Canada must work to achieve an international consensus on guidelines and environmental procedures that must be complied with by organizations similar to the EDC in other countries.
Immediately after, it goes on to say:
The EDC should submit its environmental framework to a public consultation process and ensure that the resulting policy is largely supported by exporters and non-governmental organizations.
This was in 1998-99. The firm then recommended:
—That the EDC act be amended to subject the EDC to the general requirement of establishing environmental assessment procedures in line with its commercial objectives and allow its board of directors to authorize or deny financial support by the corporation, based on the benefits or consequences of the projects or operations for the environment. The corporation should develop and publish a policy regarding its obligation to inform the public of the results of its environmental assessments—
I will not read everything. Finally, on the issue of human rights, the firm said:
EDC should implement a policy whereby when applying for EDC financial or insurance services, Canadian exporters are asked to indicate on a voluntary basis whether they have adopted their own codes of conduct that ensure respect for human rights, ethical business conduct and fair labour standards in their international activities.
The Standing Committee on Foreign Affairs and International Trade studied the Gowlings report at some length, after hearing from many witnesses. The committee made several recommendations. These recommendations dealt with public disclosure, with its risk assessments, which could be useful to Canadian financial institutions and to the Office of the Superintendent of Financial Institutions.
The committee, with the support of Liberal members—we know, of course, how things work in committee—opted for the principle of improving mandatory disclosure of useful information in the interest of public accountability, in line with the Gowlings report's recommendation, provided that confidential trade information was protected.
It also suggested that:
--a provision be added enjoining EDC to give due regard to the commitments and obligations undertaken by Canada under international agreements—
The committee then proposed, and this is interesting:
—EDC could further enhance its public credibility by conducting a formal consultation with stakeholders on the framework's performance after its first year of operation—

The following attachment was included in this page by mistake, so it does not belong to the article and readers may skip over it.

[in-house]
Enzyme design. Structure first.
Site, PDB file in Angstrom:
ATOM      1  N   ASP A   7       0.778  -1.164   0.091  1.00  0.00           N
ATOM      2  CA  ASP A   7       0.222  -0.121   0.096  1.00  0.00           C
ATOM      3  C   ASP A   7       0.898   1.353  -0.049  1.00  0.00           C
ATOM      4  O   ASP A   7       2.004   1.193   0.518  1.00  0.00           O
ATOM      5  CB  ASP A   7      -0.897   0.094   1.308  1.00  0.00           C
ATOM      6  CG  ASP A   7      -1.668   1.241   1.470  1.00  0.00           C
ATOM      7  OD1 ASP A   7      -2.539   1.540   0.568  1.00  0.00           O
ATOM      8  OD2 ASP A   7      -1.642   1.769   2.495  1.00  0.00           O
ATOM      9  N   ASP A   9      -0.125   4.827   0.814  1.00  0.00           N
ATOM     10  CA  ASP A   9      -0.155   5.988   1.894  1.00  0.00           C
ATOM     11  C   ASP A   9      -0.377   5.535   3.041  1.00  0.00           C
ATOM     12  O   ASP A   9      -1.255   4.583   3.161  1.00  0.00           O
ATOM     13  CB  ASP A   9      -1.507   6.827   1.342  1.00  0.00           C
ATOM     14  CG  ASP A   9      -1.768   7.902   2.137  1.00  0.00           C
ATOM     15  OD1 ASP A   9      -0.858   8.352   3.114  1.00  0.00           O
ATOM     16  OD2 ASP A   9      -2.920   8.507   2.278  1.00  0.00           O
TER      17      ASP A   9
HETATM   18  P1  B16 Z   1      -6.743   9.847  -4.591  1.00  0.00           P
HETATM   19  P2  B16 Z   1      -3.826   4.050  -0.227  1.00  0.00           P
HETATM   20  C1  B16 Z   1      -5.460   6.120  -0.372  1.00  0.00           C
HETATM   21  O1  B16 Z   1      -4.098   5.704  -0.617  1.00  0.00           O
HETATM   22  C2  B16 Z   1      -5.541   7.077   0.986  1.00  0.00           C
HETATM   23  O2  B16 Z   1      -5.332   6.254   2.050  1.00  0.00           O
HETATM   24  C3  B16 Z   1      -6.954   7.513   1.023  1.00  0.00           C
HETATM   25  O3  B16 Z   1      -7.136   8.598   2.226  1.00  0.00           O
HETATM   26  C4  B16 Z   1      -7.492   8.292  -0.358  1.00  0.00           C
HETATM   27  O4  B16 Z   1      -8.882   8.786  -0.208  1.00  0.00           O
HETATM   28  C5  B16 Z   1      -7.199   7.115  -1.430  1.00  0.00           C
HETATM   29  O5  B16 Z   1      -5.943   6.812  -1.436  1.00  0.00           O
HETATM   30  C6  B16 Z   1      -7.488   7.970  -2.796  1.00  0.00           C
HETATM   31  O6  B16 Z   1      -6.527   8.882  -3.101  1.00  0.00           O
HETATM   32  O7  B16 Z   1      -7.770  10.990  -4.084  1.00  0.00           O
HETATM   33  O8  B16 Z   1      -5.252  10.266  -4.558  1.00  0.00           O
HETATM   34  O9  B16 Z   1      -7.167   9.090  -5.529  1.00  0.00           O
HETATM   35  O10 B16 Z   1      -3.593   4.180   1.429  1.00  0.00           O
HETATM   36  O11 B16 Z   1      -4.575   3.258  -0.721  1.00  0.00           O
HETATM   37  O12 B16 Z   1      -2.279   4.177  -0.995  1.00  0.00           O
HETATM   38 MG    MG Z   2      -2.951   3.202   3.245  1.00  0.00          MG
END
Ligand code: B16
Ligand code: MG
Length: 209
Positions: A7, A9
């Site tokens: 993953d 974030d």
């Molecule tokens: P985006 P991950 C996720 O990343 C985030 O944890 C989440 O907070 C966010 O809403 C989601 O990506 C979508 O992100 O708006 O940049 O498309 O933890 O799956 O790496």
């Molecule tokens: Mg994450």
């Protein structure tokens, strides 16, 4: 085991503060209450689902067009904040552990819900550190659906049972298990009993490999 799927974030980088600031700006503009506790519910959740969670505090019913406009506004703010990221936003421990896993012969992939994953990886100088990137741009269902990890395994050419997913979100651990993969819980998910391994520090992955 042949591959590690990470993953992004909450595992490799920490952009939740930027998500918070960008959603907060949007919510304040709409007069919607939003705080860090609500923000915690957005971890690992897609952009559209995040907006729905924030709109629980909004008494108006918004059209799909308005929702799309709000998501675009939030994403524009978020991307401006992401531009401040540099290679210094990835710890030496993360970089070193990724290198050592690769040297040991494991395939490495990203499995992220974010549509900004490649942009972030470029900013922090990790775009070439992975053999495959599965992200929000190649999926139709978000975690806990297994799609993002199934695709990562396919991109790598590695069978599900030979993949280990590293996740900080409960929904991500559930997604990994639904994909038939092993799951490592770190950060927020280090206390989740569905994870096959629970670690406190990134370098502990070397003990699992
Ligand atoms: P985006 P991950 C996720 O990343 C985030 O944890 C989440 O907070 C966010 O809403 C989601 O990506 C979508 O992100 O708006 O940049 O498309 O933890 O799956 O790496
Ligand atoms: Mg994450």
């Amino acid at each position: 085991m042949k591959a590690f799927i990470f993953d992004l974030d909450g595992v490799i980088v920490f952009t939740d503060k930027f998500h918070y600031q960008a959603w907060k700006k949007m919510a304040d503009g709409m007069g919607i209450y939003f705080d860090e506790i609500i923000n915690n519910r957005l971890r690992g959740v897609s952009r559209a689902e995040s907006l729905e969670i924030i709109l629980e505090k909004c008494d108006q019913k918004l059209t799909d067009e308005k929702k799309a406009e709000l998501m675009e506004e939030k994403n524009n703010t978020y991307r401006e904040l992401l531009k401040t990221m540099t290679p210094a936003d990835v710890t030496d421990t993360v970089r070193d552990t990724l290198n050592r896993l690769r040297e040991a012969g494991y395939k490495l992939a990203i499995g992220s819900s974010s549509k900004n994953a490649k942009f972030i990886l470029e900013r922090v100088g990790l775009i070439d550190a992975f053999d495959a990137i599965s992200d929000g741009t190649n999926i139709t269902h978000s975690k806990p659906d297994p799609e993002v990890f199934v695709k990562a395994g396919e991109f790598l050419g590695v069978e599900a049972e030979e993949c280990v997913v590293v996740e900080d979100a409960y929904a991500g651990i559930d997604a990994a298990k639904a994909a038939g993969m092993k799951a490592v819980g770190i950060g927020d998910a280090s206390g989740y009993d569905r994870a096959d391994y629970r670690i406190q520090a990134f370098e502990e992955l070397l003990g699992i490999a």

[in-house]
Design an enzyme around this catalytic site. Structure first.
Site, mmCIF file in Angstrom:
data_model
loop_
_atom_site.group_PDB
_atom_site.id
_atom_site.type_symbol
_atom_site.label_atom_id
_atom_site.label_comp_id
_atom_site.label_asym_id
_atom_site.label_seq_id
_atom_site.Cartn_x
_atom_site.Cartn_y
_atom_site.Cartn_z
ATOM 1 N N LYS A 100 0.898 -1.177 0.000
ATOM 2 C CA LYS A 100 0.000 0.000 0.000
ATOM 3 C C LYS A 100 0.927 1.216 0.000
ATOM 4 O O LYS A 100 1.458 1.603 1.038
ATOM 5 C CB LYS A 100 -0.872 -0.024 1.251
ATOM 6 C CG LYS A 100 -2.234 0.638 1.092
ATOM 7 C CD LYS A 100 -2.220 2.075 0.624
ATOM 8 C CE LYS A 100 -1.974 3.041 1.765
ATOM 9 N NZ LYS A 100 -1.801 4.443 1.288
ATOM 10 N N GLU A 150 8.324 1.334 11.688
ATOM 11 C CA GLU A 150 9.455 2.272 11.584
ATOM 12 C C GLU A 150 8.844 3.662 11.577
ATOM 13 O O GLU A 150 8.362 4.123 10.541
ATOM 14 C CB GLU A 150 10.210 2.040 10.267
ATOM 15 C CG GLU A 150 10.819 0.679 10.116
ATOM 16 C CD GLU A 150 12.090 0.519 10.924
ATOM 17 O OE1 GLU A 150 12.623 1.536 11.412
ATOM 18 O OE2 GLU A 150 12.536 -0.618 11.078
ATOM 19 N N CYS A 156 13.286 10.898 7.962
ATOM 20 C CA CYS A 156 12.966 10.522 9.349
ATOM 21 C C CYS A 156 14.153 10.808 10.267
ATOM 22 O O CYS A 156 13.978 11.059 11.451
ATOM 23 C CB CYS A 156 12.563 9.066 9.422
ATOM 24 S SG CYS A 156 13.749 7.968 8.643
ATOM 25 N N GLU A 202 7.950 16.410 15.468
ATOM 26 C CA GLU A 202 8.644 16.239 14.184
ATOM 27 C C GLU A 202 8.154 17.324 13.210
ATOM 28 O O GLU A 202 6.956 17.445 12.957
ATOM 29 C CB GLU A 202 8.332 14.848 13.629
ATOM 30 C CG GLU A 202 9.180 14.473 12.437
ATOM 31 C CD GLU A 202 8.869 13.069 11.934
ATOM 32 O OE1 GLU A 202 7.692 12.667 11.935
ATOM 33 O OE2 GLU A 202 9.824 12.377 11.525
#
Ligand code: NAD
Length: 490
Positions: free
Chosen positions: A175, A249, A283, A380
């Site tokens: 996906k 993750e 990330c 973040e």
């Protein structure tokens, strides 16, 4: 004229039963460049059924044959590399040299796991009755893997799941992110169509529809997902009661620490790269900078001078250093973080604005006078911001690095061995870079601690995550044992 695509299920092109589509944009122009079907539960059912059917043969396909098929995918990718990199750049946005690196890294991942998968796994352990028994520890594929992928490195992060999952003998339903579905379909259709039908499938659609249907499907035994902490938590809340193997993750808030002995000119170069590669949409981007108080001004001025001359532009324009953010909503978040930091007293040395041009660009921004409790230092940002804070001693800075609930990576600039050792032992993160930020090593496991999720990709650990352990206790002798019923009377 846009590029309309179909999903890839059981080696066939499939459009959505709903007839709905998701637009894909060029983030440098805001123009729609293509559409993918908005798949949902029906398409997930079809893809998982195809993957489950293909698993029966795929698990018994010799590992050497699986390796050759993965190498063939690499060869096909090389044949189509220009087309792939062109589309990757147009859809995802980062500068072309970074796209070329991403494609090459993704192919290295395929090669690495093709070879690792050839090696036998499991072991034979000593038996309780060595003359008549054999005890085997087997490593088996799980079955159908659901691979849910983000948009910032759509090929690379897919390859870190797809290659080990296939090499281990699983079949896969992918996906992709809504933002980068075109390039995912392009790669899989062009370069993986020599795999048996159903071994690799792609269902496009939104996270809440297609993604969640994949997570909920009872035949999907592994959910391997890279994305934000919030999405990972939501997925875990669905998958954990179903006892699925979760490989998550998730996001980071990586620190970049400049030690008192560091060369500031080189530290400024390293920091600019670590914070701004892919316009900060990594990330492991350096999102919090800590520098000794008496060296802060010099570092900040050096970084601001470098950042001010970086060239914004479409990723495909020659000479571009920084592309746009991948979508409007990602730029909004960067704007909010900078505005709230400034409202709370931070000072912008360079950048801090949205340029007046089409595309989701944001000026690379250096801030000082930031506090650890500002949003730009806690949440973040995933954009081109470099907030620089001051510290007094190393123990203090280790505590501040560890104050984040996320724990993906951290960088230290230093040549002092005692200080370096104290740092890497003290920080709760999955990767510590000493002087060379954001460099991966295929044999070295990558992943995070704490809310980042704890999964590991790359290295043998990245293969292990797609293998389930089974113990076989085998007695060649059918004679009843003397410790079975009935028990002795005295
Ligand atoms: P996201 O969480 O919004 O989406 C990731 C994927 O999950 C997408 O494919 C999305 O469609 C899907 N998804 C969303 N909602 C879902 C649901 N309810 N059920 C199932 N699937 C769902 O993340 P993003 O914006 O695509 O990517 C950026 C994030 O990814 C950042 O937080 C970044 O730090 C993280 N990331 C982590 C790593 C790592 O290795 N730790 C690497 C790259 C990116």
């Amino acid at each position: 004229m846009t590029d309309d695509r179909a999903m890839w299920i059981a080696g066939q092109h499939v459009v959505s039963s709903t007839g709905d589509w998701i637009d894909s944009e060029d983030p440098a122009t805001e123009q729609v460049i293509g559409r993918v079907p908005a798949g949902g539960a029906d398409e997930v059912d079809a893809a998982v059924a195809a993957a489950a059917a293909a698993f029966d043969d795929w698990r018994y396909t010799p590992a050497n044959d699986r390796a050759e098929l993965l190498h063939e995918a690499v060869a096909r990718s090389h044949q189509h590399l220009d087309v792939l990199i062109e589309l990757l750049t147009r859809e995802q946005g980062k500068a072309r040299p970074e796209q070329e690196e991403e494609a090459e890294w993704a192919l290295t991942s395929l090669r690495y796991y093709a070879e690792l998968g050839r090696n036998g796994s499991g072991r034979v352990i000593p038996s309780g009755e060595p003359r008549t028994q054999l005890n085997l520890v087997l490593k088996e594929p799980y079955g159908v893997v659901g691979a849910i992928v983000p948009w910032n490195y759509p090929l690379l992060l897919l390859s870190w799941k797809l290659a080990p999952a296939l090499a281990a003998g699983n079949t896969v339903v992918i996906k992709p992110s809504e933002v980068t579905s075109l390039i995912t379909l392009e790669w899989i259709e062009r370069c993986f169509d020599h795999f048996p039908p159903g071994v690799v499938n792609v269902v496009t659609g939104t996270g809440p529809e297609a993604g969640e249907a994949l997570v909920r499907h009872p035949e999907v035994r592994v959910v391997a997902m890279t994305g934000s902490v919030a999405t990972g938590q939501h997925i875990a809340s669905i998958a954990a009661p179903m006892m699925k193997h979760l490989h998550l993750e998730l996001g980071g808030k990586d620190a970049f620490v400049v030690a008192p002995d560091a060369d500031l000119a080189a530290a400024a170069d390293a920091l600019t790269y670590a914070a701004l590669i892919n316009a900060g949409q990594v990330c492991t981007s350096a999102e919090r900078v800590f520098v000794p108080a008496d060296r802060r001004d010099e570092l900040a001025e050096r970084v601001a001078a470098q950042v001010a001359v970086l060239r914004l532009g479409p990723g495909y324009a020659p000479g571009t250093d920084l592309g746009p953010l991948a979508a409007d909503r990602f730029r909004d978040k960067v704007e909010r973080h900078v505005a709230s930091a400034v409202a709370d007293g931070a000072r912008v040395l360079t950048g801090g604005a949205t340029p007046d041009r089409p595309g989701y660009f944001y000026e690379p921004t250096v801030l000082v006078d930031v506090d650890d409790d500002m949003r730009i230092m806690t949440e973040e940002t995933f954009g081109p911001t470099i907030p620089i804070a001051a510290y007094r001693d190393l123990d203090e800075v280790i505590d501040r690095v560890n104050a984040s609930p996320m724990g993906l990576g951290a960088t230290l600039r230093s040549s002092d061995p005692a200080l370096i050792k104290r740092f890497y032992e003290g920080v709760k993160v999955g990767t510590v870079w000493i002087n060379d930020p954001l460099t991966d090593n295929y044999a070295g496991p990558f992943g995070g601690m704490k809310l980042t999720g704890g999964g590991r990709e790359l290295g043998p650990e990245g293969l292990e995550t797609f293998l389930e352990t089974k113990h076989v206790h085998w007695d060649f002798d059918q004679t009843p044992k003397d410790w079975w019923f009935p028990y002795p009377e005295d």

Generally speaking, the recommendations did not find a taker in the report. However, not only the Bloc Quebecois but many NGOs who came to testify found that even the committee's report did not go far enough.
There is one basic principle. This corporation is a crown corporation. As such, can it afford to fund and support in various ways companies which do not respect the environmental assessment framework? Can it refuse to provide information which is provided in other countries by equivalent corporations?
Can it circumvent international agreements that Canada signs in the area of human rights? Can the corporation, which acts on Canada's behalf, do everything contrary to what Canada signs?
This basically is what the Bloc is opposed to. I will not say that there should be no concern over competition and trade secrets. That said, however, there remains a significant margin where, while remaining competitive—the American and Australian corporations are—the corporations must honour the bases of the major international conventions.
Without compatibility, we could be contributing to the confusion and anger of many countries and people living in developing countries, who see countries like Canada with international commitments respecting the environment and human rights and a degree of transparency and practices at home that contravene these very rules.
Bill C-31, which has created a lot of expectations among many people, contains some improvements. They are so timid that they will prevent us, even if we wanted to, from voting in favour of its content.
I have no doubt my colleague from Rosemont will use all his time to speak to the environmental aspect, because what is there is totally inadequate. I will read the only thing sought, and we will see it makes no sense.
Clause 10.1 provides, and I quote:
10.1(1) Before entering, in the exercise of its powers under subsection 10(1.1), into a transaction that is related to a project—
So before it knows if it will support a project,
the Corporation must determine—
(a) whether the project is likely to have adverse environmental effects despite the implementation of mitigation measures; and
(b) if such is the case, whether the Corporation is justified in entering into the transaction.
The problem lies in the fact that the auditor general has said that the frames of reference were inadequate even to evaluate it, and that of the 25 projects she evaluated, 23 did not conform.
In terms of the environment, transparency, public disclosure of information or compliance with international conventions on human rights, Bill C-31 is a long way from attaining the minimum objectives we might have expected.
It is therefore with regret that we will vote against the bill.